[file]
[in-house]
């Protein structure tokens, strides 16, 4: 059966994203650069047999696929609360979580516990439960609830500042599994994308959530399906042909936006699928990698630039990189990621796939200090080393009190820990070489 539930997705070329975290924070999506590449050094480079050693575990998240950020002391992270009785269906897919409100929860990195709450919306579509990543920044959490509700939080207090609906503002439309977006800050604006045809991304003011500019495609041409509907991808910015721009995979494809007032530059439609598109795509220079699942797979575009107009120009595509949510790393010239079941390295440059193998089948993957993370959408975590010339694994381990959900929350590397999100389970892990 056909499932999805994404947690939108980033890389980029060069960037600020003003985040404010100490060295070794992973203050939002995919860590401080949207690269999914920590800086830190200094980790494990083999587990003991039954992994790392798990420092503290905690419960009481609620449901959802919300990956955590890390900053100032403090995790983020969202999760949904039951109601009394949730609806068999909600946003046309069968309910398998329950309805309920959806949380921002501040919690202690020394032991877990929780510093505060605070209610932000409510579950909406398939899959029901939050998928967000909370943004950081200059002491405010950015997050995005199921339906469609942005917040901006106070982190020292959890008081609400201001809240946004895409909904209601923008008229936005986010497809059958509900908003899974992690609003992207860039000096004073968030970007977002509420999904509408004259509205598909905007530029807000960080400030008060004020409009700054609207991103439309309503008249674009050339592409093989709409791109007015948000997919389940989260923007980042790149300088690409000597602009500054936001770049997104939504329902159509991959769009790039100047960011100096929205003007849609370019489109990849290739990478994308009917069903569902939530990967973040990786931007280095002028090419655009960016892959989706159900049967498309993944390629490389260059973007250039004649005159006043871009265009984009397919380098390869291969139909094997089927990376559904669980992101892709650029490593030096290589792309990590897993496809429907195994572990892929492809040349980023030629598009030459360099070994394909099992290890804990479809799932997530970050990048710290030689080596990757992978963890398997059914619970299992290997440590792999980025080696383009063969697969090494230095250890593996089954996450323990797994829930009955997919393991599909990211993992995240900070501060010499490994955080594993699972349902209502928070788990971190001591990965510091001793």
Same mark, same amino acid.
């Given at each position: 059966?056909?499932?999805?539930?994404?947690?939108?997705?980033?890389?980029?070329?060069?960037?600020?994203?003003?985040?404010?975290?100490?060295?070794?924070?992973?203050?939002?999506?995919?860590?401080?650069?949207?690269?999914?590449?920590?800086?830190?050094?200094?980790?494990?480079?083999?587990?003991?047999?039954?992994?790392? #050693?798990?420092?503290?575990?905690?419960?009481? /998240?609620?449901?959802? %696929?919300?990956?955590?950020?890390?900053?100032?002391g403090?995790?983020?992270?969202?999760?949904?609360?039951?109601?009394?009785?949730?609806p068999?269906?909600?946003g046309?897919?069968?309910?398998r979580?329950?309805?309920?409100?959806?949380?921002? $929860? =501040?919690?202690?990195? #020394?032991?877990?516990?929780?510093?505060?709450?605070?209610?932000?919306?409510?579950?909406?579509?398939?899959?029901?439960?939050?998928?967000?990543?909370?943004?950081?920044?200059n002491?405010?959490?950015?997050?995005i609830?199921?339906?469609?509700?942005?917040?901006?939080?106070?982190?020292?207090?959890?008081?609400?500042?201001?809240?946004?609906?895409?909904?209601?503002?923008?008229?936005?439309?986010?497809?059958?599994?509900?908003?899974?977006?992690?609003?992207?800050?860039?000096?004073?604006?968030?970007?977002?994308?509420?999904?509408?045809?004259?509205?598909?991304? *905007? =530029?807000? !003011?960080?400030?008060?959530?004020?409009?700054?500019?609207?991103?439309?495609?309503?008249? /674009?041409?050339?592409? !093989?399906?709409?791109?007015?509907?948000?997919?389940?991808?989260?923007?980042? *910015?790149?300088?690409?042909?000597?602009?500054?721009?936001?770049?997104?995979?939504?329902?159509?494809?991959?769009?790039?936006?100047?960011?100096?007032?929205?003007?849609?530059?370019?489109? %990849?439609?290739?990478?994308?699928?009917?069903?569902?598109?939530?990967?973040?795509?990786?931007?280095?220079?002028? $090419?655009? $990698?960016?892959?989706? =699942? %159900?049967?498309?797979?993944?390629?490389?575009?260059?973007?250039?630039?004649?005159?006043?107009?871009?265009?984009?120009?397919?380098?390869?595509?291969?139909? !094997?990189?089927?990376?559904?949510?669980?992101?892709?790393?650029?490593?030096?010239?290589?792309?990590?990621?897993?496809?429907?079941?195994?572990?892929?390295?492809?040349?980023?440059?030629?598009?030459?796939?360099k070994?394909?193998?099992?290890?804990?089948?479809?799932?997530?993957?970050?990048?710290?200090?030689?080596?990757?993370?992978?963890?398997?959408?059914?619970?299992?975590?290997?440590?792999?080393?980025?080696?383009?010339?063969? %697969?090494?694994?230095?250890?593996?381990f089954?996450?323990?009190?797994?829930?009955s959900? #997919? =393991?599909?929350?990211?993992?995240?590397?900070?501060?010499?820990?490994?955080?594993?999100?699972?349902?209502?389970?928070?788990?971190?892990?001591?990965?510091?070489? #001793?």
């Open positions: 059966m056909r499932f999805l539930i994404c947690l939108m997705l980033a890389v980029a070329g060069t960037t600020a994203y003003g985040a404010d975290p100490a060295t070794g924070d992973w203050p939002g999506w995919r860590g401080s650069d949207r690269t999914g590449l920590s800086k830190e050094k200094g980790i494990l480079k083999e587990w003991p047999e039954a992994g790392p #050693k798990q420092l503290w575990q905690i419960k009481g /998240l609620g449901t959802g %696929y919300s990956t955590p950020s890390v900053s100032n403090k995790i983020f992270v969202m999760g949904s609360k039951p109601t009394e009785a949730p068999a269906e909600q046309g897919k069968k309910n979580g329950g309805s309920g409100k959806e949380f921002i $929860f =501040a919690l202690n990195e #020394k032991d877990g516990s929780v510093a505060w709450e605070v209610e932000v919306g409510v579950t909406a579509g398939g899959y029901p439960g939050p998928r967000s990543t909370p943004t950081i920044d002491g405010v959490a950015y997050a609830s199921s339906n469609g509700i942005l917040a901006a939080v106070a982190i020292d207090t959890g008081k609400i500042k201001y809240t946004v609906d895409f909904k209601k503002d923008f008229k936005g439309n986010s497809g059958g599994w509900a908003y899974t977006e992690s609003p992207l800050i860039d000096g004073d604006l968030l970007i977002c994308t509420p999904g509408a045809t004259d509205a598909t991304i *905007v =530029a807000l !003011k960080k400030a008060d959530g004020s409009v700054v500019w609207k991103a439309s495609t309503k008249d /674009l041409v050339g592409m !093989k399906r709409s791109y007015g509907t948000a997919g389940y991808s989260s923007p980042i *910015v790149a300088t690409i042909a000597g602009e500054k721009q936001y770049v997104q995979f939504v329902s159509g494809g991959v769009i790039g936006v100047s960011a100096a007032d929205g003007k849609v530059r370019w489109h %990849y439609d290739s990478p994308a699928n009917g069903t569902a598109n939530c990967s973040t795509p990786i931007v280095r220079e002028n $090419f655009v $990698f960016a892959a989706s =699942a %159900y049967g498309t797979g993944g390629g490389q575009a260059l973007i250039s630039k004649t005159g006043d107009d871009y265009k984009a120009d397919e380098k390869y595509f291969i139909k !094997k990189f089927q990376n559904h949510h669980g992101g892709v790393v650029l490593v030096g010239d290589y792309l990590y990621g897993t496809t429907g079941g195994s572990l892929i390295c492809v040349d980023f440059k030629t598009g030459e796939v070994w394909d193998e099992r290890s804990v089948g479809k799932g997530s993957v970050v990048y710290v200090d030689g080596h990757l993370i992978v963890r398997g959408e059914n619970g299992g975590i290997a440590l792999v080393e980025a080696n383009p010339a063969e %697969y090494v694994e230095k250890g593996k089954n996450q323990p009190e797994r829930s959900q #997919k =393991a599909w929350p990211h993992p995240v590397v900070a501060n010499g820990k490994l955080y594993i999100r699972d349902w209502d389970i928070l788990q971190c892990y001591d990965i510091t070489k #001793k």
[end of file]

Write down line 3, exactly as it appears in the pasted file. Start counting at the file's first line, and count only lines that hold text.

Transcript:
Same mark, same amino acid.